Wildmind Buddhist Meditation

Lovingkindness Meditation

Sit : Love : Give

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flowersPrayer — in the sense of a verbal expression of ideals and aspirations — is an important part of many religious traditions, including Buddhism, even though Buddhism has no creator God to whom we can pray.

Through expressing aspirations in words, and especially out loud, we can connect with our beliefs and ideals more deeply, helping us to hold them in our minds as we go about our daily business, and helping us to develop a stronger sense of conviction.

So in order to bring more lovingkindness, or metta, into your life, take a few minutes each day, just after you’ve awakened or perhaps just before you begin work in the morning, to recite the Metta Prayer. You can print out a PDF version and display it or keep it in your planner.

Saying words out loud make them more emotionally real for us, so if it’s possible, say the words out loud; otherwise just say them inwardly.

Read the words slowly and let them sink in so that they become your aspirations. Try sitting for a little while to let the words resonate in your heart and mind. Do this for a period of two weeks and see what difference it makes to your daily attitudes, thoughts, and emotions during that time.

Comments

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Comment from Cynthia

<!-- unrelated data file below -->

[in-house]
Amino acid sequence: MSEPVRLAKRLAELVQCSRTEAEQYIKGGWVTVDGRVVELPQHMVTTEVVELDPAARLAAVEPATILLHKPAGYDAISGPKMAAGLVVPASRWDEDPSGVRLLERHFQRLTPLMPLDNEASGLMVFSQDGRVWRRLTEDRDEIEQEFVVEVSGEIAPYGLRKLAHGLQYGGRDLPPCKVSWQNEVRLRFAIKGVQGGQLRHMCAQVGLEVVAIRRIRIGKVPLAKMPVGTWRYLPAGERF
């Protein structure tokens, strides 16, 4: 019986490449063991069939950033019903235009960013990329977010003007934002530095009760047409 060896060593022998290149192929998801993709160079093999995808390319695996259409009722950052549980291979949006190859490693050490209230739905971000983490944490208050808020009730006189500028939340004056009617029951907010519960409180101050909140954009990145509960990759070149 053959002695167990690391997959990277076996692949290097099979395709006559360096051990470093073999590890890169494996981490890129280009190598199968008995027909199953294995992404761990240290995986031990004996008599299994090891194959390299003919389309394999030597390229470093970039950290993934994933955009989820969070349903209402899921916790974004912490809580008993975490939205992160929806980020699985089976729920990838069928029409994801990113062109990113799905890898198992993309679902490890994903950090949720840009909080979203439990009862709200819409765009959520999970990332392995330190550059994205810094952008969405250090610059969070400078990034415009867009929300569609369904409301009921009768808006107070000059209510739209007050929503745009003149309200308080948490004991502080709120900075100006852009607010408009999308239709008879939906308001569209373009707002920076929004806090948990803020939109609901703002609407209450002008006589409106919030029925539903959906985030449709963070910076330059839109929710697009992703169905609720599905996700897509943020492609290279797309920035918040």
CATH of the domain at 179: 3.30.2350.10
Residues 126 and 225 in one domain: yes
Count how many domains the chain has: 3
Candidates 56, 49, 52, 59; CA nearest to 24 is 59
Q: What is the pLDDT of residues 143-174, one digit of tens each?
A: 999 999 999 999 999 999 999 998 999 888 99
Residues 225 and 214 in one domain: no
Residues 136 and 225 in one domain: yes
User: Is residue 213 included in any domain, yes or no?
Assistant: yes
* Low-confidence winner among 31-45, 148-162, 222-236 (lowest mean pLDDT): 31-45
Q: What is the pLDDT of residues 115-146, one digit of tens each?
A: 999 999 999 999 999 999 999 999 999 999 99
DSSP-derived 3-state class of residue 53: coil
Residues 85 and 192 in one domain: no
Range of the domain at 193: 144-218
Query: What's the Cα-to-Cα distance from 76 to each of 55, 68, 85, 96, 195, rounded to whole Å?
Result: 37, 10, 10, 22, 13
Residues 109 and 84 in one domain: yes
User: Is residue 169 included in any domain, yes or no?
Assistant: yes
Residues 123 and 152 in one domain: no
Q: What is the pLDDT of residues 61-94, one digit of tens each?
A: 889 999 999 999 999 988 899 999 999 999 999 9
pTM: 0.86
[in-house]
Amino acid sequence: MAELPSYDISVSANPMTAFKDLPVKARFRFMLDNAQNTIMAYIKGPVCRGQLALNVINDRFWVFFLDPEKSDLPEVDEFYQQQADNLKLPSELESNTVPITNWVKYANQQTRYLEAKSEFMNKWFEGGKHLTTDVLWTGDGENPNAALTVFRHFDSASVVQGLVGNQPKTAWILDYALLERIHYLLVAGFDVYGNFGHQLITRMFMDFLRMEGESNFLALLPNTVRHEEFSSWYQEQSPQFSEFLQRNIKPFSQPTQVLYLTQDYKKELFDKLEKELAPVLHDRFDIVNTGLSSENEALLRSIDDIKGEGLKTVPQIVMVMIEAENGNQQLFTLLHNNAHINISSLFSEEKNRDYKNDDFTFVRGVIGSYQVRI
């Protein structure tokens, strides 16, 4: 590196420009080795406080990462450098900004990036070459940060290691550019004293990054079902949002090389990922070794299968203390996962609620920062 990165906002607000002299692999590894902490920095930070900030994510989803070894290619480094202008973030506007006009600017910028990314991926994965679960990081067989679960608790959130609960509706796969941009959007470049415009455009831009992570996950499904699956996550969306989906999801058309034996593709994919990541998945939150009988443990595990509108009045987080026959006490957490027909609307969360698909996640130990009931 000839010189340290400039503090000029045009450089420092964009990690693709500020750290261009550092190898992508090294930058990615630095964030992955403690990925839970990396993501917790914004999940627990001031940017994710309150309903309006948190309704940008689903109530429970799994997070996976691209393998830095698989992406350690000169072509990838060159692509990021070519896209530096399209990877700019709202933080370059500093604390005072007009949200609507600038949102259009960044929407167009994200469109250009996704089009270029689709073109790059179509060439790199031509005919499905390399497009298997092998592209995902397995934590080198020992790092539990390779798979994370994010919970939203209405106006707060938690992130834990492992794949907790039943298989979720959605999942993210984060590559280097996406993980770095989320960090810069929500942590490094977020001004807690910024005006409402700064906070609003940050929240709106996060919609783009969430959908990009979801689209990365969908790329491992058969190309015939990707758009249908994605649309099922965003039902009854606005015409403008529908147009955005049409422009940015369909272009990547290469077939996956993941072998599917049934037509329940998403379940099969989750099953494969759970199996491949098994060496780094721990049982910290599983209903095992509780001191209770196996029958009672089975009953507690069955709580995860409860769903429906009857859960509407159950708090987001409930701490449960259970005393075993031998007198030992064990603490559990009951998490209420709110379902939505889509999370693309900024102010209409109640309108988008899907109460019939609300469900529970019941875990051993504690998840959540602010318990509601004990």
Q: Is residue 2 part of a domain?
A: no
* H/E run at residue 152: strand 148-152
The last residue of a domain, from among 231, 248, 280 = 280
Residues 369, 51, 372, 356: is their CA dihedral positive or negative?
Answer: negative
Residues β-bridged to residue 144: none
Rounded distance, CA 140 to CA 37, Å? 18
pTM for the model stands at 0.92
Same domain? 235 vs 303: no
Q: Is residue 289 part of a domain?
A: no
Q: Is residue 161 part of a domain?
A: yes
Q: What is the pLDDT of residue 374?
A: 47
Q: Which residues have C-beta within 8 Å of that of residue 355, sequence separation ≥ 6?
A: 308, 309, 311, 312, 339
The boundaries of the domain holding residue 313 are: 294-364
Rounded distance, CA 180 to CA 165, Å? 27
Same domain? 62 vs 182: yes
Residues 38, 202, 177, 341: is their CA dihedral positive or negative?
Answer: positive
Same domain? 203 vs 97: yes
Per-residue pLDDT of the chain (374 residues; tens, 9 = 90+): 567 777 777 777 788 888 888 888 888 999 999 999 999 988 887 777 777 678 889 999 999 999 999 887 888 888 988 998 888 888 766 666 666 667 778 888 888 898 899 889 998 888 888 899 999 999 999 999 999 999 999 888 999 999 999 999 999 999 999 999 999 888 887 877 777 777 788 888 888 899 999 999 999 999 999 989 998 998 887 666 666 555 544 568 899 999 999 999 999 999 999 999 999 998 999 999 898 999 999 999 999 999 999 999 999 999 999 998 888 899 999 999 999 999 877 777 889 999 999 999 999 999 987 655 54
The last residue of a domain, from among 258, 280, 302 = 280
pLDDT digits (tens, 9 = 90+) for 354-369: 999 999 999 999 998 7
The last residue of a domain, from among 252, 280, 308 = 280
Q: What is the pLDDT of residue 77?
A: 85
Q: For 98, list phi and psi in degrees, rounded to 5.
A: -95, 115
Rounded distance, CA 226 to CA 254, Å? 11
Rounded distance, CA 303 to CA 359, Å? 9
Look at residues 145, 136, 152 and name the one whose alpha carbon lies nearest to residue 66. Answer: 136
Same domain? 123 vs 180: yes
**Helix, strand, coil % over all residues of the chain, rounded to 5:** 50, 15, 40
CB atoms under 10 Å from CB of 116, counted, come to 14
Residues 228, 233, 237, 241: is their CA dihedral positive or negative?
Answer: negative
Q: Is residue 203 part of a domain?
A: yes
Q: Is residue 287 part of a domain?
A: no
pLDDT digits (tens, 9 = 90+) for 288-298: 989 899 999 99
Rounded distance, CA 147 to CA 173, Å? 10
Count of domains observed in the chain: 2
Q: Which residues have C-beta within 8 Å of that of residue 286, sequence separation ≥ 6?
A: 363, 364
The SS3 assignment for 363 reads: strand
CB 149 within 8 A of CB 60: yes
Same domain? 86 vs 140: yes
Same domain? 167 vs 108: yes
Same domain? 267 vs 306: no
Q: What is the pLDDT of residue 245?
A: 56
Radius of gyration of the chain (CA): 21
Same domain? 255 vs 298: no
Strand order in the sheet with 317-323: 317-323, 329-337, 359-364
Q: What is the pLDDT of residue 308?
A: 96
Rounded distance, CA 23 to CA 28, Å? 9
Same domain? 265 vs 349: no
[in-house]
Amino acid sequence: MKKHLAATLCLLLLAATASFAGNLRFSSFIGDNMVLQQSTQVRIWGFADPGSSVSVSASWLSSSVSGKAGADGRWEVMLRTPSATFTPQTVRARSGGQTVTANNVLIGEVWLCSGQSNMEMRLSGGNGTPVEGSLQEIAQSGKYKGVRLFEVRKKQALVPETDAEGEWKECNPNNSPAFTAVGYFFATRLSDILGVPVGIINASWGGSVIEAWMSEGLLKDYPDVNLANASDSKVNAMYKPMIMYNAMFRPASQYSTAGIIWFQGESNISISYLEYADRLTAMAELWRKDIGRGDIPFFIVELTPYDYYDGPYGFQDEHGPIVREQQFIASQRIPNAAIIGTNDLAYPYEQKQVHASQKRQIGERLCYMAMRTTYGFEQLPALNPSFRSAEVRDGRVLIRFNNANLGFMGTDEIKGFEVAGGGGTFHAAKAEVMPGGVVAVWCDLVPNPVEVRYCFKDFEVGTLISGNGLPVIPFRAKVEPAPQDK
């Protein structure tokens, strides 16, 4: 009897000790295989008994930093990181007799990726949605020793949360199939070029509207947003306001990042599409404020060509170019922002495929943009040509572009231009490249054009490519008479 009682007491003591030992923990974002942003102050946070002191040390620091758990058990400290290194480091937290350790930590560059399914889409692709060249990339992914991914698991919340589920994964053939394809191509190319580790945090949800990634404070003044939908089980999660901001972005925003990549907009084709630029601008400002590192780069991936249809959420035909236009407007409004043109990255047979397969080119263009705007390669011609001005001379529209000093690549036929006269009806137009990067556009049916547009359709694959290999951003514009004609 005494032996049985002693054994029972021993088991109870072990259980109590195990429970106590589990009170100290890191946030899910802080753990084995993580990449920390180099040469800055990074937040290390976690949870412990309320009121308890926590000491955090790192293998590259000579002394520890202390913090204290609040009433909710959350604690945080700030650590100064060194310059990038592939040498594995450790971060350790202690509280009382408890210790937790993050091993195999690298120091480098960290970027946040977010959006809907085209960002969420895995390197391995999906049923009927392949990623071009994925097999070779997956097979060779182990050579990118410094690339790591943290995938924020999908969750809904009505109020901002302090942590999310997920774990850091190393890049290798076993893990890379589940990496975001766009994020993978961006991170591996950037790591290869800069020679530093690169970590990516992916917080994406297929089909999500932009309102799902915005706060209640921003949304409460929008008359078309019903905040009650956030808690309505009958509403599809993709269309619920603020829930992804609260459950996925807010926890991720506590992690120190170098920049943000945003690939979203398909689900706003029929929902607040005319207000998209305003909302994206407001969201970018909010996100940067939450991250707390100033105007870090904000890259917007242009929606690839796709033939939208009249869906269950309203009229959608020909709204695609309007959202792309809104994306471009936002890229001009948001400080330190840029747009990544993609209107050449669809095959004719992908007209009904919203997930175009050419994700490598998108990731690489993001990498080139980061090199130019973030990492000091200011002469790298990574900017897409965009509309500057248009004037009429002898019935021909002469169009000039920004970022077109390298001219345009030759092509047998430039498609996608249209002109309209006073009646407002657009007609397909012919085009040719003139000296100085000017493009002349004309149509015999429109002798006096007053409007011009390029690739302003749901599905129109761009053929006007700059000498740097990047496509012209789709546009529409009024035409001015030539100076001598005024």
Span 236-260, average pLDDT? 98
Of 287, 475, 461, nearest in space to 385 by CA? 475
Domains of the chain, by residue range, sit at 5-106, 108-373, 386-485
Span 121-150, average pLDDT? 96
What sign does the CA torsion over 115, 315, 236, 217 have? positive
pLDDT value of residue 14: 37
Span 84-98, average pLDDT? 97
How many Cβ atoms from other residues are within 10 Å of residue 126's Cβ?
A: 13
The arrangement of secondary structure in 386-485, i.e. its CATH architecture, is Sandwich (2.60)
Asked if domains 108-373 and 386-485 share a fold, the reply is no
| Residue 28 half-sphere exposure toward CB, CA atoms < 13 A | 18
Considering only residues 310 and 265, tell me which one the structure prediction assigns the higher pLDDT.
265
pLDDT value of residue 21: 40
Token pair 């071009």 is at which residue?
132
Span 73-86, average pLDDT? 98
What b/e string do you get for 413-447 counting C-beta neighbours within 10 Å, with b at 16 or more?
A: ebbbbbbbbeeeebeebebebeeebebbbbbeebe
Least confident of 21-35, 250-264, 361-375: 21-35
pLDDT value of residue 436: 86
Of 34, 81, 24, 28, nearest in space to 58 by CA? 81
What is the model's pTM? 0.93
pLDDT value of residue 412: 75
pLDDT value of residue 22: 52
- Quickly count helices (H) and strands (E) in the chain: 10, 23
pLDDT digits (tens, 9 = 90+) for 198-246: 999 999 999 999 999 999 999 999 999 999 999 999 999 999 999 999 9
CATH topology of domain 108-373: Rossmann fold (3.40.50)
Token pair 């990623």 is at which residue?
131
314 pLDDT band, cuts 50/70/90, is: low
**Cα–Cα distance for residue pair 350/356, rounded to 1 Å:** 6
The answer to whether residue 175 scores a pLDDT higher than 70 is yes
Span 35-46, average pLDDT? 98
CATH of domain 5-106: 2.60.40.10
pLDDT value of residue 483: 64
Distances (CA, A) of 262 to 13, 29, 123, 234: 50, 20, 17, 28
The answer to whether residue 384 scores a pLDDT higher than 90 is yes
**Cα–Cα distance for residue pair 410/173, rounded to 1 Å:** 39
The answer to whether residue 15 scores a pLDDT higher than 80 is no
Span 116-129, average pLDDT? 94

Time: May 18, 2015, 10:00 am

Hi,
Just a question, what you mean when you say “Buddhism has no God creator to whom we can pray”? Yes it’s true Buddha said our minds are the creator of our world and it’ also true that we can pray to Buddhas and receive help from them as Buddhas became enlightened for the very purpose to benefit all sentient beings.

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Comment from Bodhipaksa
Time: May 18, 2015, 12:42 pm

The Buddha wasn’t a creator and he didn’t say anything about praying to him or any other enlightened being for help. On the contrary, he advised his disciples to be islands unto themselves and to rely on the Dharma. It’s true that later Buddhist traditions advocated prayer, but if you look closely at the teachings you’ll see that they’re telling us that the Buddhas and Bodhisattvas are not different from our own minds. In other words, we’re calling upon untapped resources within ourselves.

The tendency to see the Buddha as literally hanging out in some kind of heavenly realm, able to dispense help when asked for it (why would he wait to be asked?) is something I’d regard as an importation of theistic points of view. There’s certainly nothing resembling this that I can think of (right now, at any rate) in the early tradition.

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